Would I ever do it again? Well, I have learned loads of new skills, I have the proper equipment so – NO I BLOODY WOULDN’T!! Well, maybe, if the right Mini came up. Right now though, I am very much of the opinion that I would happily give the car and a shed load of cash and another shedload of award winning lemon drizzle cake to Tosh Brooks and let him get on with it. He really is the god of painting.
Am I pleased with my work? That’s a tough one. It depends of the light. It certainly isn’t the perfect glass smooth, mirror finish that I expected and Tosh Brooks turns out time and time again, but maybe I’d set my expectations too high for a 1st attempt. It is red now though and not pink.
I have certainly come to see that it is absolutely true that EVERYTHING is in the preparation. There are a lot of dinks and dents and even some sanding marks that I hadn’t feathered out properly. I really thought I had got them all and filled or feathered accordingly. Both Mrs FB and I had gone over the whole car in miniscule detail and thought we’d caught them all. However, I guess our inexperienced eyes and fingers missed some. Ok, missed a lot. That, or the fairies attacked it with tiny hammers in the night. In fact, that’s it. It was the bloody fairies and little folk! The evil things.
To me, all those little marks under the paint stand out. However, short of sanding it right back down and starting again, there is nothing I can do about that now, so I’ll have to live with it along with the remaining orange peel and the odd scratch from heavy handed flatting back.
So, to answer the question, No. Not really. I am very pleased with the fins, I just wish I knew what I’d done there and been able to repeat it on the rest of the car. The boot and bonnet aren’t too bad I guess.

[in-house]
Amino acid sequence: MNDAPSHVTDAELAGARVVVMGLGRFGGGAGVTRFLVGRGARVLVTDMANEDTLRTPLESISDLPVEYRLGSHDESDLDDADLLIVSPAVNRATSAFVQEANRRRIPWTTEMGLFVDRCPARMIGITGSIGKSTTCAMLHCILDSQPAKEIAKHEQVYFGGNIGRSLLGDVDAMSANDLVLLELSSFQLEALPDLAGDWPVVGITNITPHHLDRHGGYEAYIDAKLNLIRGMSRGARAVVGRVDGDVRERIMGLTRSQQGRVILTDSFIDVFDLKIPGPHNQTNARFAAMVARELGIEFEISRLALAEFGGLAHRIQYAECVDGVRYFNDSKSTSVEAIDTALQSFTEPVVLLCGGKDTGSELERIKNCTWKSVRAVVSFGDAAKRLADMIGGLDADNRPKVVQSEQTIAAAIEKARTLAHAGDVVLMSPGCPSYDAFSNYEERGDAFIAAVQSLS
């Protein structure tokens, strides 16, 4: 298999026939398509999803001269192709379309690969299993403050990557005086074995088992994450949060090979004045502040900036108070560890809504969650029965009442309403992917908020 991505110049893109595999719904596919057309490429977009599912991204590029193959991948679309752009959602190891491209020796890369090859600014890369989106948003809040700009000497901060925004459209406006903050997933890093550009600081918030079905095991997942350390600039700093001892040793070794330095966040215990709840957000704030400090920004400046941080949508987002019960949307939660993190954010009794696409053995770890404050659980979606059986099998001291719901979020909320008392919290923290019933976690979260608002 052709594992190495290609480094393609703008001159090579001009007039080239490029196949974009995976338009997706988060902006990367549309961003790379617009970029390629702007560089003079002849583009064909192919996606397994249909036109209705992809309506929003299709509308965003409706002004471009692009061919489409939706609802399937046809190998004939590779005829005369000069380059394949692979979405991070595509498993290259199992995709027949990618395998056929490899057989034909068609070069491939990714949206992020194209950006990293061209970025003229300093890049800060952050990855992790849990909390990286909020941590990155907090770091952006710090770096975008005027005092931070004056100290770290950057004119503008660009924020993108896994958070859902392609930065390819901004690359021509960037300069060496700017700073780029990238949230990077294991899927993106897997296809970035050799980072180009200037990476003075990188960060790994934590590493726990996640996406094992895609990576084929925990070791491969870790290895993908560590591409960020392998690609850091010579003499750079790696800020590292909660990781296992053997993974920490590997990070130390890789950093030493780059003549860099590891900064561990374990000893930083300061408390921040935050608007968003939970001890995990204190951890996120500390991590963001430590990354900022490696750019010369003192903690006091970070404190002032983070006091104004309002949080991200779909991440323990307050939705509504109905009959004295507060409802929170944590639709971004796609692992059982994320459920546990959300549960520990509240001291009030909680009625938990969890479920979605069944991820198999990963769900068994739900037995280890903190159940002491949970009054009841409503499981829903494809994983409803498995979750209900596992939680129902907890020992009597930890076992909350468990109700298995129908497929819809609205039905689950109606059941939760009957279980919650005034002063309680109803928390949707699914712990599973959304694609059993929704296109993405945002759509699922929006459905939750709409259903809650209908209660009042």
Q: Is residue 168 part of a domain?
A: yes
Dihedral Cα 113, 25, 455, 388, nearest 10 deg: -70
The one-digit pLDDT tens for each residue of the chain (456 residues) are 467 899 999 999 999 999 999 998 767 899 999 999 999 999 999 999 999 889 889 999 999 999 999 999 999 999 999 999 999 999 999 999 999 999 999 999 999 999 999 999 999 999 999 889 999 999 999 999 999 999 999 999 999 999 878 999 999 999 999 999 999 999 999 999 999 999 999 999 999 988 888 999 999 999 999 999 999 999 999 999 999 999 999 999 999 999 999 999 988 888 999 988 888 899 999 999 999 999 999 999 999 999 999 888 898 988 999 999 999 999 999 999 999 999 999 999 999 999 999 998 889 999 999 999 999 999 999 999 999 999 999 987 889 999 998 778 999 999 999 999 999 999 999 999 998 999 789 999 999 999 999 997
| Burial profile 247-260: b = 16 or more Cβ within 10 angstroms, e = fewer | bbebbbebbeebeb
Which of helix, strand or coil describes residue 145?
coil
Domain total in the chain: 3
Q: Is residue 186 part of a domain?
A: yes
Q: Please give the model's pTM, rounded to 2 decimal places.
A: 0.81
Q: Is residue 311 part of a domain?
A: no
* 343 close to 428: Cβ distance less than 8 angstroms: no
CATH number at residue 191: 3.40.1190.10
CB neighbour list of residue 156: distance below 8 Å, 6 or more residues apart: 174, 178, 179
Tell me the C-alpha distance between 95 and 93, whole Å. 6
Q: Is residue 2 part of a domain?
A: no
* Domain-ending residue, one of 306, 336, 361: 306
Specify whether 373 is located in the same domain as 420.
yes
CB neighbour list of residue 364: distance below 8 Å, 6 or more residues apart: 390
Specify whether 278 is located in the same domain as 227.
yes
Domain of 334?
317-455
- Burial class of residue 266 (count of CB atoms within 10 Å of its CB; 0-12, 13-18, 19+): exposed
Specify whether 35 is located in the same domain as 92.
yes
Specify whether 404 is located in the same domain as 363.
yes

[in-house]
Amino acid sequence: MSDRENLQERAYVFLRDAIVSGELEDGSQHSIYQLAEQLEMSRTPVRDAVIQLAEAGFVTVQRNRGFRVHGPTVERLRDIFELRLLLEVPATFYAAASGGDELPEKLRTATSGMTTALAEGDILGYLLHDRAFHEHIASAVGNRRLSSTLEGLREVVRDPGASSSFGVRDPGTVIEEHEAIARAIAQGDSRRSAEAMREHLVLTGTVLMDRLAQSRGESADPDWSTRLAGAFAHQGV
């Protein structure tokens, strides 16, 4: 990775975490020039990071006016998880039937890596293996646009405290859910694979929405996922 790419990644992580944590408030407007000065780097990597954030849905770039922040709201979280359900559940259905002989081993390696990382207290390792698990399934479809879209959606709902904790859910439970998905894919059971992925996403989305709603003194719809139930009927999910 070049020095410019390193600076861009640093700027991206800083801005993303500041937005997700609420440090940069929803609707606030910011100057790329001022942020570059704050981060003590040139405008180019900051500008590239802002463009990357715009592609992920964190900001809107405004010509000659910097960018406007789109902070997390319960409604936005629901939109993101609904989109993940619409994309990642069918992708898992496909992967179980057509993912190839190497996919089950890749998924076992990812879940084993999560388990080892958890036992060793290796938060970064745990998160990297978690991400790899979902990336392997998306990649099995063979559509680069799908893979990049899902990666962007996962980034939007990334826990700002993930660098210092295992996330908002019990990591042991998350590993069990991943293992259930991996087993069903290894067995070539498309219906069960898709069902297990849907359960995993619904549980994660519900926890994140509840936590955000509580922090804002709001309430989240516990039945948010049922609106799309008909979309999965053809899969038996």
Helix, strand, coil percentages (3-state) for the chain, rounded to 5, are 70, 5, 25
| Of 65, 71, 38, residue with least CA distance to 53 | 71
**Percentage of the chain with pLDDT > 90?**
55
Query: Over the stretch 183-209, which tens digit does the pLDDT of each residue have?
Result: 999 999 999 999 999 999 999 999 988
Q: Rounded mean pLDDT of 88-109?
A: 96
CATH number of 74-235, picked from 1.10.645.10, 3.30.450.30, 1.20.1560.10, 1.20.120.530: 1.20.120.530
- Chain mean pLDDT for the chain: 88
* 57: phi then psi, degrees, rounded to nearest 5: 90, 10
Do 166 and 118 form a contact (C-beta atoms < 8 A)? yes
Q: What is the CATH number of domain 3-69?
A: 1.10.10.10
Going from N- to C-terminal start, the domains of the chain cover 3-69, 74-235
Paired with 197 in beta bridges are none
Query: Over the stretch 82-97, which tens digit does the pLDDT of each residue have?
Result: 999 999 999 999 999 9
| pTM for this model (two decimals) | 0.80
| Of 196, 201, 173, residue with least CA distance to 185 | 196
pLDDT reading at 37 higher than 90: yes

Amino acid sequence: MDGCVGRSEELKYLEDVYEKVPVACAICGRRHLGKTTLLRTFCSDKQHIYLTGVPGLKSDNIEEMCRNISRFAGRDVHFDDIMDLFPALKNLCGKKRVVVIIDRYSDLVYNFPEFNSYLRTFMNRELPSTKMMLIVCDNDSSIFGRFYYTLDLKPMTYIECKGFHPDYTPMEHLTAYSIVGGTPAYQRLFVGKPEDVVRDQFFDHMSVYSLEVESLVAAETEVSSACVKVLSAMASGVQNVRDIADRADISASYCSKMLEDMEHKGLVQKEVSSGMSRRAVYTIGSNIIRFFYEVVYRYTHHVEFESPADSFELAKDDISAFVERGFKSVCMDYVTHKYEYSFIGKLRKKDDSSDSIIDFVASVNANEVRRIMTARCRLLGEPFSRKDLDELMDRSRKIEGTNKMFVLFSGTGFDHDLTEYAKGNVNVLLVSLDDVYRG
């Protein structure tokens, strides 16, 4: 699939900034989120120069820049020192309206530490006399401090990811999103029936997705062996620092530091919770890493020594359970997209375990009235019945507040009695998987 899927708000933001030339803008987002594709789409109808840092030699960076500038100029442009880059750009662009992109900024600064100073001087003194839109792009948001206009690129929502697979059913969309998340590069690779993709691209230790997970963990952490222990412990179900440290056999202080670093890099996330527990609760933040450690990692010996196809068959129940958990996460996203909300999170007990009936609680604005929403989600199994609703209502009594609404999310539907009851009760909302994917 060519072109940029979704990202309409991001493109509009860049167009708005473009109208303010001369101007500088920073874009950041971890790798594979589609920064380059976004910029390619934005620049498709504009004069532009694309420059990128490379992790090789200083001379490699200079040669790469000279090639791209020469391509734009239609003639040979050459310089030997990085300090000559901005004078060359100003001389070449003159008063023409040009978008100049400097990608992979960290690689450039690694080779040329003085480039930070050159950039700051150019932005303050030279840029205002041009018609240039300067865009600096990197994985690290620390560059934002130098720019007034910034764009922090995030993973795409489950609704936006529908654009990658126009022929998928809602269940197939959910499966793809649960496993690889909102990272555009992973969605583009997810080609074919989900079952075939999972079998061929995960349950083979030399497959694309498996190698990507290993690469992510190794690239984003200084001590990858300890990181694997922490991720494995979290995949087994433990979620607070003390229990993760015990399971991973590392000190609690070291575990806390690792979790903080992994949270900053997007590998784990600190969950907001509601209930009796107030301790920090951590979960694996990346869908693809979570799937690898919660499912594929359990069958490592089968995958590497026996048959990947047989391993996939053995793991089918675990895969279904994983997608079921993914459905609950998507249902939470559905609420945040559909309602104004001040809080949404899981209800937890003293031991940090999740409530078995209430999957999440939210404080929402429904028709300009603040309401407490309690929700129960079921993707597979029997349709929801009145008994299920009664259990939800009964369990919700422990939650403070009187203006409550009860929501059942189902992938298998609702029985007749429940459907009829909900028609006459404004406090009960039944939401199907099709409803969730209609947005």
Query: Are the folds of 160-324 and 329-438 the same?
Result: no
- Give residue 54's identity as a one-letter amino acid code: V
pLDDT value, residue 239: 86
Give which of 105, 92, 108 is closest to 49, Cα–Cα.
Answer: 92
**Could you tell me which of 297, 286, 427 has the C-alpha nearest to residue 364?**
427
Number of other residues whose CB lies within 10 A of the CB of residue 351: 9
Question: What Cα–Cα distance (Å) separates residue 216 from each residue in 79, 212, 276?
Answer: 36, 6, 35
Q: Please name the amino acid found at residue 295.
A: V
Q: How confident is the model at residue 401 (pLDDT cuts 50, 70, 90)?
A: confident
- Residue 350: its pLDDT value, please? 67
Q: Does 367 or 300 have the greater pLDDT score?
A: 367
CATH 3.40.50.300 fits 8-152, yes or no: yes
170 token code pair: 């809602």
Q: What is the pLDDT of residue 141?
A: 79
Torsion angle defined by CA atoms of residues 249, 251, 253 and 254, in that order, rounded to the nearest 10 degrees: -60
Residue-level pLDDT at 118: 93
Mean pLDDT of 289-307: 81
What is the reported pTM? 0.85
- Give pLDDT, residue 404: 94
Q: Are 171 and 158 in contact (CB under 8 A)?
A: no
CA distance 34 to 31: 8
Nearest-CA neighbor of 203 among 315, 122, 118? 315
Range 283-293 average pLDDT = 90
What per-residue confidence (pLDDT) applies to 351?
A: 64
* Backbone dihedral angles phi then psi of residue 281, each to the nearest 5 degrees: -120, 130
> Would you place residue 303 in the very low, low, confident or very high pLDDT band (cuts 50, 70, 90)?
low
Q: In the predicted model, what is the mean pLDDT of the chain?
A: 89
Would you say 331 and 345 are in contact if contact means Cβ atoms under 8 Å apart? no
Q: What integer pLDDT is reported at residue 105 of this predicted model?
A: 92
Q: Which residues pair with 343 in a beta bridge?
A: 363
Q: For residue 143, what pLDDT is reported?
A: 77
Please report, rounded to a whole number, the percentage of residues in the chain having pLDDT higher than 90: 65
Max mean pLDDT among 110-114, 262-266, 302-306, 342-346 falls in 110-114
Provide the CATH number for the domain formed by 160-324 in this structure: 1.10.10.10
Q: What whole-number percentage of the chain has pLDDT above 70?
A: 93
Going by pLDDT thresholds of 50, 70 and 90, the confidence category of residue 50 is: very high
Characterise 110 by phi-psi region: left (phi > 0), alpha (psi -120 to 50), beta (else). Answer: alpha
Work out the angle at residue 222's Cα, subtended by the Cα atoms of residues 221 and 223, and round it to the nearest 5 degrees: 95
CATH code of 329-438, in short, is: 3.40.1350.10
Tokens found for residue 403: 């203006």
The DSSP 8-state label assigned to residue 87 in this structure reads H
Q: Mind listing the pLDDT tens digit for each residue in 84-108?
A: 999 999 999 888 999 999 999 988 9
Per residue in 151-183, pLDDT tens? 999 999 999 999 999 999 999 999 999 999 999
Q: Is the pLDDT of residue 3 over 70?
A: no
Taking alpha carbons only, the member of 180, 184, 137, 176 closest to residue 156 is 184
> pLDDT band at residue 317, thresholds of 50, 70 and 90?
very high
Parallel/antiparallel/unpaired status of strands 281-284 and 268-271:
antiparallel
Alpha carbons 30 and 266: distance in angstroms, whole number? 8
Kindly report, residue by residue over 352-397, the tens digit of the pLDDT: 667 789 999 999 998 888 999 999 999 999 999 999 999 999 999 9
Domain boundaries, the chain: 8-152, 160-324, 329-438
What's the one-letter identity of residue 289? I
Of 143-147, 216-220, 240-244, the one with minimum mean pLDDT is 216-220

I’m thinking that maybe over the winter, I might pick a panel or two and flat it back again with an even finer paper to try to improve it, but right now I’ve had enough.
She looks good in the photos and from about 3 meters away, so I will just have to bring Kevin and his triangle back to enforce a 3 meter exclusion zone around the car.
So, when you see her, lie through your teeth and tell me what a great job I did unless you want to see a grown Fatbloke cry.
In addition to the flatting, I still have more to do. I need to re-spray the white stripe,. I also need to sand the inside boot from the seagull poo primer I’d sprayed it with way back in the early stages and re-spray that too along with the inside of the doors.
However, I’ve run out of paint, gumption, will power and the will to live for the moment so that can wait until next year. You can’t see it with the boot closed anyway. I could also do with taking out the wooden dash and giving it to my father in-law for a spruce up.(I'll fit the wheel trims on Friday after the new tyres are fitted.)
Not yet though. Now? I need to drive her!!
By Mike Peake
With the boot lid now red and the very last of my paint used up, I was finished with spraying. Thank the gods! The isocyanates hadn’t killed me despite all the horror stories and neither did the cellulose fumes, so that is good news. I gladly threw away my disposable gas mask. Dare I say that I’m on the home stretch and there is light at the end of the tunnel?
After my adventures with rattle cans and boot lid last year, I’m leaving it well alone for at least a week before touching it. So I turned my attention to the unmasking. Following advice, I ran a razor blade along the edge of the masking before very carefully removing it. I even managed to do it without removing the paint from where it was supposed to be – this time. However, I was somewhat alarmed at the amount of red that was staining my windscreen and white stripe. Most of it turned out to be from flatting water and wiped off easily but some was paint that had managed to get through. Even this came off easily with some wet 1200 grit paper though. A razor blade flat on the windows had a similarly cleansing effect.
Mrs FB, with her steadier hands used touch up paint to go over the bits of damage I did to the white stripe when sanding the car as well as a few battle scars. It was now that we found out that my white stripe isn’t Triumph White 19. It turns out that Triumph White 19 is in fact a creamy colour and it looked almost yellow against my white. Anita and Sophie were dispatched to The Range and Halfords to look for a more suitable touch up. They came back with Vauxhall’s Summit White, which, whilst not perfect, will do until I can re-spray the stripe.